Maupassant's Short Stories Vol. 9 HTML version

The Adopted Son
The two cottages stood beside each other at the foot of a hill near a little seashore resort.
The two peasants labored hard on the unproductive soil to rear their little ones, and each
family had four.
Before the adjoining doors a whole troop of urchins played and tumbled about from
morning till night. The two eldest were six years old, and the youngest were about fifteen
months; the marriages, and afterward the births, having taken place nearly simultaneously
in both families.
The two mothers could hardly distinguish their own offspring among the lot, and as for
the fathers, they were altogether at sea. The eight names danced in their heads; they were
always getting them mixed up; and when they wished to call one child, the men often
called three names before getting the right one.
The first of the two cottages, as you came up from the bathing beach, Rolleport, was
occupied by the Tuvaches, who had three girls and one boy; the other house sheltered the
Vallins, who had one girl and three boys.
They all subsisted frugally on soup, potatoes and fresh air. At seven o'clock in the
morning, then at noon, then at six o'clock in the evening, the housewives got their broods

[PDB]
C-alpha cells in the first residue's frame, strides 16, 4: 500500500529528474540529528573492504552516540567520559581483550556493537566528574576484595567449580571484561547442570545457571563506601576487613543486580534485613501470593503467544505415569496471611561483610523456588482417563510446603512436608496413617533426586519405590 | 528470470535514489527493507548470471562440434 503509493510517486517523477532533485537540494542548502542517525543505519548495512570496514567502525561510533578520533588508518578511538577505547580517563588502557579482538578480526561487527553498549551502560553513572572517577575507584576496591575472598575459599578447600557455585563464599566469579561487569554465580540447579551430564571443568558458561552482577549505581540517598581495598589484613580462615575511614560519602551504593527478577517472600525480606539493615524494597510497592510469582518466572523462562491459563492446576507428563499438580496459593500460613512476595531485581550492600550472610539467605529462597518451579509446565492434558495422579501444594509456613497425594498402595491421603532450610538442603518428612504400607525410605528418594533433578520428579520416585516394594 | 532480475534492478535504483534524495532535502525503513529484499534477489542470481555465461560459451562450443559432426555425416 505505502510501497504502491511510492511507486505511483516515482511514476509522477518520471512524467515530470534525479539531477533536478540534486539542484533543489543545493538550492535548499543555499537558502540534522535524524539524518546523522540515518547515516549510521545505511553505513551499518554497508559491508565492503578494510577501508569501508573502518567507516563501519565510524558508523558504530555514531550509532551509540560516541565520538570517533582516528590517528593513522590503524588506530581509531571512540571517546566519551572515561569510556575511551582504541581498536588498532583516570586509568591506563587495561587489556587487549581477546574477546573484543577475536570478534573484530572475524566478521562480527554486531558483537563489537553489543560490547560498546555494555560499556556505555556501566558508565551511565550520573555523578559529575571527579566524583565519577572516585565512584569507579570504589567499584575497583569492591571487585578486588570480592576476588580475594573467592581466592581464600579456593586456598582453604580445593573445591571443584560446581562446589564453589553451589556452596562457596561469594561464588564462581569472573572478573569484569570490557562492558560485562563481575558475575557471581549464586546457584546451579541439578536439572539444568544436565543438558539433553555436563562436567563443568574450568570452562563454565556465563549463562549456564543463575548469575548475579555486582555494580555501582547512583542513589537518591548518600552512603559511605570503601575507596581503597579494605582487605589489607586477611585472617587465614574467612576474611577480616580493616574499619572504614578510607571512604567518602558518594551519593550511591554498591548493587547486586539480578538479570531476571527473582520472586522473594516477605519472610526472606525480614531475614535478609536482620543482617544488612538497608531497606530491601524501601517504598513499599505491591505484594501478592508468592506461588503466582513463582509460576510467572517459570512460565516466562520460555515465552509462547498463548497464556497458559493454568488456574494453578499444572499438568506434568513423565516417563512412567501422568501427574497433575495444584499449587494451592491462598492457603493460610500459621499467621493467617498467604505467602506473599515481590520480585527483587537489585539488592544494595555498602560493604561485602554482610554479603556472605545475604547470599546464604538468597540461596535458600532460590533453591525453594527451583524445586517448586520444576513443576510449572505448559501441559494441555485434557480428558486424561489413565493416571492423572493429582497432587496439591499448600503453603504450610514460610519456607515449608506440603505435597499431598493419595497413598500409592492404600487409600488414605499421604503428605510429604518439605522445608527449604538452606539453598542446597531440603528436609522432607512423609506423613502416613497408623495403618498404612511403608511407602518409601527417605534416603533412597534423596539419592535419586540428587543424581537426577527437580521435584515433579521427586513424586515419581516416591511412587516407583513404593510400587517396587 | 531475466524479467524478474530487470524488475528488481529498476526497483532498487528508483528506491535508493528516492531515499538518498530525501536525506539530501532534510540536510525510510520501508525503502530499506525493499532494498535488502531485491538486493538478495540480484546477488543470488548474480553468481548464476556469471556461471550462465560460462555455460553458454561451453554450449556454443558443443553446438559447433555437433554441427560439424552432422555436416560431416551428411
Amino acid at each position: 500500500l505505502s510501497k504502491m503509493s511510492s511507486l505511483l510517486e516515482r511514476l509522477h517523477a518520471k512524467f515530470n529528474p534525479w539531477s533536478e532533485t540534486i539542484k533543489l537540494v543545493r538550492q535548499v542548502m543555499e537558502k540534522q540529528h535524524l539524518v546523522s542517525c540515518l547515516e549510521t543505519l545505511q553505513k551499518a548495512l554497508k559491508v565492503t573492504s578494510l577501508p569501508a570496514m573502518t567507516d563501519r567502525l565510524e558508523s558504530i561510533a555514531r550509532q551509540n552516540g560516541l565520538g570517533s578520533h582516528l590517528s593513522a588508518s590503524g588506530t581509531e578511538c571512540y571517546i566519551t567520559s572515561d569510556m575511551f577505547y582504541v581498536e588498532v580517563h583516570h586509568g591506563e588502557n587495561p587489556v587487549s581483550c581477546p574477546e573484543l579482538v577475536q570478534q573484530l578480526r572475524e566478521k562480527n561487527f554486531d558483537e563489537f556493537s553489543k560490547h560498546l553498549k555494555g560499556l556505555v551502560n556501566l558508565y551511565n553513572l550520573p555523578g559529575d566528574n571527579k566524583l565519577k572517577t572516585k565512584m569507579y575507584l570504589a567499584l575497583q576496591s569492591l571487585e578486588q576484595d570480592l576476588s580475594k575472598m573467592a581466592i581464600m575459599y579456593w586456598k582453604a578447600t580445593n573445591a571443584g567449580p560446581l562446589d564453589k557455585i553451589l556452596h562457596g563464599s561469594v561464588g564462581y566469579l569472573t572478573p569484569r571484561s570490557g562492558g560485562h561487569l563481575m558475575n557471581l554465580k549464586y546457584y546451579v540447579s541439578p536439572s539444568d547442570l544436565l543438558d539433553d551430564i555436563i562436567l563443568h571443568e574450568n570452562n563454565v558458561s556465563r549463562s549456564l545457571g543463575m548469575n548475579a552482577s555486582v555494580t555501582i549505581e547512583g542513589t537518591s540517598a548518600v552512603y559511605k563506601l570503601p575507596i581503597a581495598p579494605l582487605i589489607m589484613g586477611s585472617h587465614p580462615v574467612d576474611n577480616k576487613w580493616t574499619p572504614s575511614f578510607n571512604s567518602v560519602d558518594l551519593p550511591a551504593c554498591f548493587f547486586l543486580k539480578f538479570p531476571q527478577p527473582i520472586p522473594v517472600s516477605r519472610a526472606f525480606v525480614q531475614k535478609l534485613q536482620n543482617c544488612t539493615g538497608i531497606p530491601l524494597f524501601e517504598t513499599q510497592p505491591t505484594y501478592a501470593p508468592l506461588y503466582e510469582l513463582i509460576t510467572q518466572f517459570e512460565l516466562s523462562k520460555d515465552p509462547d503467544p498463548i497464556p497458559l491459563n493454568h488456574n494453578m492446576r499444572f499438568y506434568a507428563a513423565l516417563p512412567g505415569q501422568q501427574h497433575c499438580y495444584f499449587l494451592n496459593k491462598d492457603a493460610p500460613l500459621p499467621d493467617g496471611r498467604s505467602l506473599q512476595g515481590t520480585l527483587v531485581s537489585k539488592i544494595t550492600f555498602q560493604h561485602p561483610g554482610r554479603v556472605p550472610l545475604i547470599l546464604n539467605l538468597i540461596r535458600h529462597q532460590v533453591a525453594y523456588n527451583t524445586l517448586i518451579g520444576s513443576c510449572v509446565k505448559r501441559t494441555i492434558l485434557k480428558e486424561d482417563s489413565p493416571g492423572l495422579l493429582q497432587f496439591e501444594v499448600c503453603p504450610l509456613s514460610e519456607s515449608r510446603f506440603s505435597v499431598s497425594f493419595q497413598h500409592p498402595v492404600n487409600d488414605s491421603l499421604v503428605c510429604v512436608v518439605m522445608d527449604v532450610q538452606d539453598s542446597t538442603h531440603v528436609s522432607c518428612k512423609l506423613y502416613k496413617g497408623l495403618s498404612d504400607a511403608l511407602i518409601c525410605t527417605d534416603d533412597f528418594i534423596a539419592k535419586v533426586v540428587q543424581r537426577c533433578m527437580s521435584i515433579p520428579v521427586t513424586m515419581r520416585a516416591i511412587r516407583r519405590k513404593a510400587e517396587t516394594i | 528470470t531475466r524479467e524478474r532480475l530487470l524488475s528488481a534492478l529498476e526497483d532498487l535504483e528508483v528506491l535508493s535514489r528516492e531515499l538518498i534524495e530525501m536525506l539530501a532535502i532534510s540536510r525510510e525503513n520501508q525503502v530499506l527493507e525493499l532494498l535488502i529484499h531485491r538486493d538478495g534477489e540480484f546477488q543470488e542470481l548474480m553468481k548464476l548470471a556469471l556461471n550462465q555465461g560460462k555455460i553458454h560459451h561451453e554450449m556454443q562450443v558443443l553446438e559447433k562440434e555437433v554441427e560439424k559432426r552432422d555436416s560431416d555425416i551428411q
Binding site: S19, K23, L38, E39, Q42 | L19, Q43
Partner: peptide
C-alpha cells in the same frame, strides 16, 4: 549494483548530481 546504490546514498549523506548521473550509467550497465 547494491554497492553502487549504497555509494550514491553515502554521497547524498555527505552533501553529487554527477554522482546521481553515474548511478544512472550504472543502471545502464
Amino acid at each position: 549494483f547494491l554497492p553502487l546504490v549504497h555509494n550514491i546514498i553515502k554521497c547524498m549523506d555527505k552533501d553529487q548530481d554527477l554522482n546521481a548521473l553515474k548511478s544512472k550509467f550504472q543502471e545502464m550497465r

together to give them their food, as the gooseherds collect their charges. The children
were seated, according to age, before the wooden table, varnished by fifty years of use;
the mouths of the youngest hardly reaching the level of the table. Before them was placed
a bowl filled with bread, soaked in the water in which the potatoes had been boiled, half a
cabbage and three onions; and the whole line ate until their hunger was appeased. The
mother herself fed the smallest.
A small pot roast on Sunday was a feast for all; and the father on this day sat longer over
the meal, repeating: "I wish we could have this every day."
One afternoon, in the month of August, a phaeton stopped suddenly in front of the
cottages, and a young woman, who was driving the horses, said to the gentleman sitting
at her side:
"Oh, look at all those children, Henri! How pretty they are, tumbling about in the dust,
like that!"
The man did not answer, accustomed to these outbursts of admiration, which were a pain
and almost a reproach to him. The young woman continued:
"I must hug them! Oh, how I should like to have one of them--that one there--the little
tiny one!"